• The number of health effects occurring in a population exposed to low- and very-low effective doses (i.e., well below 100 mSv) cannot be calculated scientifically from the risk factors given by the ICRP or UNSCEAR


 
  References Top

1.
ICRP. The 2007 Recommendations of the International Commission on Radiological Protection, Publication 103. Oxford, New York: Pergamon Press; 2007.  Back to cited text no. 1
    
2.
UNSCEAR. Effects of Ionizing Radiation. Volume I: Report to the General Assembly, Scientific Annexes A and B. UNSCEAR 2006 Report. United Nations Scientific Committee on the Effects of Atomic Radiation. United Nations Sales Publication E.08.IX.6. United Nations, New York; 2008.  Back to cited text no. 2
    
3.
UNSCEAR. Effects of Ionizing Radiation. Volume II: Report to the General Assembly, Scientific Annexes C, D and E. UNSCEAR 2006 Report. United Nations Scientific Committee on the Effects of Atomic Radiation. United Nations Sales Publication E.09.IX.5. United Nations, New York; 2009.  Back to cited text no. 3
    
4.
UNSCEAR. Sources, Effects and Risks of Ionizing Radiation. Volume I: Report to the General Assembly, Scientific Annex A. UNSCEAR 2012 Report. United Nations Scientific Committee on the Effects of Atomic Radiation. United Nations Sales Publication E.16.IX.1. United Nations, New York; 2015.  Back to cited text no. 4
    
5.
ICRP. The history of ICRP and the evolution of its policies. Published in ICRP publication 109. Ann. ICRP 39 (1), 75-69; 2009.  Back to cited text no. 5
    
6.
Cohen BL. Relationship between exposure to radon and various types of cancer. Health Phys 1993;65(5):529-31.  Back to cited text no. 6
    
7.
Darby S, Hill D, Auvinen A, Barros-Dios JM, Baysson H, Bochicchio F, et al. Radon in homes and risk of lung cancer: Collaborative analysis of individual data from 13 European case-control studies. BMJ 2005;330:223.  Back to cited text no. 7
    
8.
Lubin JH, Wang ZY, Boice JD Jr., Xu ZY, Blot WJ, De Wang L, et al. Risk of lung cancer and residential radon in China: Pooled results of two studies. Int J Cancer 2004;109:132-7.  Back to cited text no. 8
    
9.
Krewski D, Lubin JH, Zielinski JM, Alavanja M, Catalan VS, Field RW, et al. A combined analysis of North American case-control studies of residential radon and lung cancer. J Toxicol Environ Health A 2006;69:533-97.  Back to cited text no. 9
    
10.
UNSCEAR. Report of the United Nations Scientific Committee on the Effects of Atomic Radiation 2010. Fifty-seventh Session, Includes Scientific Report: Summary of Low-dose Radiation Effects on Health. UNSCEAR 2010 Report. United Nations Scientific Committee on the Effects of Atomic Radiation. UNSCEAR 2010 Report: United Nations Sales Publication M.II.IX.4. United Nations, New York; 2011.  Back to cited text no. 10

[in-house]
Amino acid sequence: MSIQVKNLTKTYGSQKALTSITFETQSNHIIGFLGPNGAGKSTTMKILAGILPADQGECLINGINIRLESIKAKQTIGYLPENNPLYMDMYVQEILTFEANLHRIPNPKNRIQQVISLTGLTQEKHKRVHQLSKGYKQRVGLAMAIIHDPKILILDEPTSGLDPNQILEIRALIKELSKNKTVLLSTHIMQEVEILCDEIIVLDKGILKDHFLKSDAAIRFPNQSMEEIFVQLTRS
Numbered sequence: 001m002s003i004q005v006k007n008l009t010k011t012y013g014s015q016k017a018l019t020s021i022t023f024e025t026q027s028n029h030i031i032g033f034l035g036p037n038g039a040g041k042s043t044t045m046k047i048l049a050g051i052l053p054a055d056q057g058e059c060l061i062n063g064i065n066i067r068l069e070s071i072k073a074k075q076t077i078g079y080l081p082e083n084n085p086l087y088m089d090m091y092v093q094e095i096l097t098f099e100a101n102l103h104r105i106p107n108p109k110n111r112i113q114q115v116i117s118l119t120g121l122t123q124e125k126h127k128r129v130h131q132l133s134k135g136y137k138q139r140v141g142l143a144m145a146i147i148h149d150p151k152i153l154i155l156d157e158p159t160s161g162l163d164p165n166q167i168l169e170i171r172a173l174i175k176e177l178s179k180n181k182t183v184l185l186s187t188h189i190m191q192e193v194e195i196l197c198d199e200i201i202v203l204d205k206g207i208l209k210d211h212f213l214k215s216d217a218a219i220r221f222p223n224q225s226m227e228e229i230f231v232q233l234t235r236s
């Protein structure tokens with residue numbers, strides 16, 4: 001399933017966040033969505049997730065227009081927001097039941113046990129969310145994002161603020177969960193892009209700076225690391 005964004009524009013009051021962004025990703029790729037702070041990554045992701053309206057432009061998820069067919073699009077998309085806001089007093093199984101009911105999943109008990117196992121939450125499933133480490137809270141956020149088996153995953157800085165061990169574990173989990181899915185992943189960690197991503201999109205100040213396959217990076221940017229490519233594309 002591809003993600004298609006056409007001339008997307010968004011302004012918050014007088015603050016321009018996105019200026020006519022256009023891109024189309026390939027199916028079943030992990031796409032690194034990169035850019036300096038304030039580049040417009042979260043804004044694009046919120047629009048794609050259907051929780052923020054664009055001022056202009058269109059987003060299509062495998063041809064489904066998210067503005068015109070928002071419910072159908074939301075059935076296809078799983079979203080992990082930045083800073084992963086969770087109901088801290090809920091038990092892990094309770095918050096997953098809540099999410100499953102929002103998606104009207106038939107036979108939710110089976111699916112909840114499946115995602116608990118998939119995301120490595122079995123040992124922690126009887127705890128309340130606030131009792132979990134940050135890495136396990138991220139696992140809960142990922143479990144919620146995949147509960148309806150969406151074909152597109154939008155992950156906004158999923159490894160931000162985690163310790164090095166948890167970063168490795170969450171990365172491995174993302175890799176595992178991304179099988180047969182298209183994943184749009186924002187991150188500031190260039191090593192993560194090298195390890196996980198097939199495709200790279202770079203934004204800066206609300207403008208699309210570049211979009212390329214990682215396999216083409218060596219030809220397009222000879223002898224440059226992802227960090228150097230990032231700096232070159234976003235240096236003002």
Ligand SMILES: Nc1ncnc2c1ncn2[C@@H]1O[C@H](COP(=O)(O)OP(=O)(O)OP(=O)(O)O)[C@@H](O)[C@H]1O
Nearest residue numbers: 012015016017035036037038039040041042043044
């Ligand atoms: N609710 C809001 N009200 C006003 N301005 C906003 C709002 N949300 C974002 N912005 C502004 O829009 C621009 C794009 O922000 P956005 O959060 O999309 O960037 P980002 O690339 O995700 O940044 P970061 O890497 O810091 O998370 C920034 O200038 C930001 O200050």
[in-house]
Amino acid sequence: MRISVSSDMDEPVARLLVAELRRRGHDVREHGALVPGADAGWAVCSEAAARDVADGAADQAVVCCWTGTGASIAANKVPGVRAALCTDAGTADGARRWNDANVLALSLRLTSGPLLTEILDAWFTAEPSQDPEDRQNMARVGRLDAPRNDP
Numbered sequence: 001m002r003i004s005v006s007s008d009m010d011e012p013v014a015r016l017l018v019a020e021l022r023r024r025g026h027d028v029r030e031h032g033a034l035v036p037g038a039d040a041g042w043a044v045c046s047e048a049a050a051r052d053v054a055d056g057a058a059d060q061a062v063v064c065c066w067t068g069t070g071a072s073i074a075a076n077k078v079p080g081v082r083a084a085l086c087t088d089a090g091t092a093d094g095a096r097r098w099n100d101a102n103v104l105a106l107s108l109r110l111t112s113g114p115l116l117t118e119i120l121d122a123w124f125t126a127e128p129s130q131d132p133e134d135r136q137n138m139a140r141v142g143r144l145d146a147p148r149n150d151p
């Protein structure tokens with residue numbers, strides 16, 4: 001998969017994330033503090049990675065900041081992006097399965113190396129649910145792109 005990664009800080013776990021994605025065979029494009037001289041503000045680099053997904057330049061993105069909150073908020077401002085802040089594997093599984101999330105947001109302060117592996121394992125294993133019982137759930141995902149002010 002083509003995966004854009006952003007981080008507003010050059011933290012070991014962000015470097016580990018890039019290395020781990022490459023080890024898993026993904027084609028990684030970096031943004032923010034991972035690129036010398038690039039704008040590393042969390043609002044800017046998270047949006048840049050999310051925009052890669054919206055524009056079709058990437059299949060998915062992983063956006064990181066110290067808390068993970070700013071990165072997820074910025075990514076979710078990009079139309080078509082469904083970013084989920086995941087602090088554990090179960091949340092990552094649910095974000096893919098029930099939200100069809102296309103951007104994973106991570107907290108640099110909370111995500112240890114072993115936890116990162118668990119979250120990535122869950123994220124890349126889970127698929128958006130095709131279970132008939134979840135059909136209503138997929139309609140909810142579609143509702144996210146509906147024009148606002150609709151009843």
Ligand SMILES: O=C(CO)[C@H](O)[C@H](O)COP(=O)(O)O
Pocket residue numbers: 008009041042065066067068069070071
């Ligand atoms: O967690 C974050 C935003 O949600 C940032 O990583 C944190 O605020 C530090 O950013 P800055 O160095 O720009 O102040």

11.
UNSCEAR. Hereditary Effects of Radiation. UNSCEAR 2001 Report. United Nations Scientific Committee on the Effects of Atomic Radiation, 2001 Report to the General Assembly, with Scientific Annex. United Nations Sales Publication E.01.IX.2. United Nations, New York; 2001.  Back to cited text no. 11
    
12.
Tubiana M, Aurengo A, Averbeck D, Masse R. Recent reports on the effect of low doses of ionizing radiation and its dose-effect relationship. Radiat Environ Biophys 2006;44:245-51.  Back to cited text no. 12
    
13.
Doss M. Evidence supporting radiation hormesis in atomic bomb survivor cancer mortality data. Dose Response 2012;10:584-92.  Back to cited text no. 13
    
14.
The '“Miraculous powers” of radioactivity'. Available from: http://www.monde-solidaire.org/spip/spip.php?article4750. [Last accessed on 2016 Oct 20].  Back to cited text no. 14
    
15.
Radon Therapy in Austria: Cure and Therapy in the Gastein Valley. Available forme: http://www.gastein.com/en/radon-therapy-austria. [Last accessed on 2016 Oct 20].  Back to cited text no. 15
    
16.
ICRP. Recommendations of the ICRP. ICRP publication 26. Ann. ICRP 1 (3), 1977.  Back to cited text no. 16
    
17.
Balonov MI. On protecting the inexperienced reader from Chernobyl myths. J Radiol Prot 2012;32:181-9.  Back to cited text no. 17
    
18.
UNSCEAR. Sources, Effects and Risks of Ionizing Radiation. Volume I Scientific Annex A. Levels and Effects of Radiation Exposure due to the Nuclear Accident after the 2011 Great East-Japan Earthquake and Tsunami, UNSCEAR 2013 Report. United Nations Scientific Committee on the Effects of Atomic Radiation. United Nations Sales Publication E.14.IX.1. United Nations, New York; 2014.  Back to cited text no. 18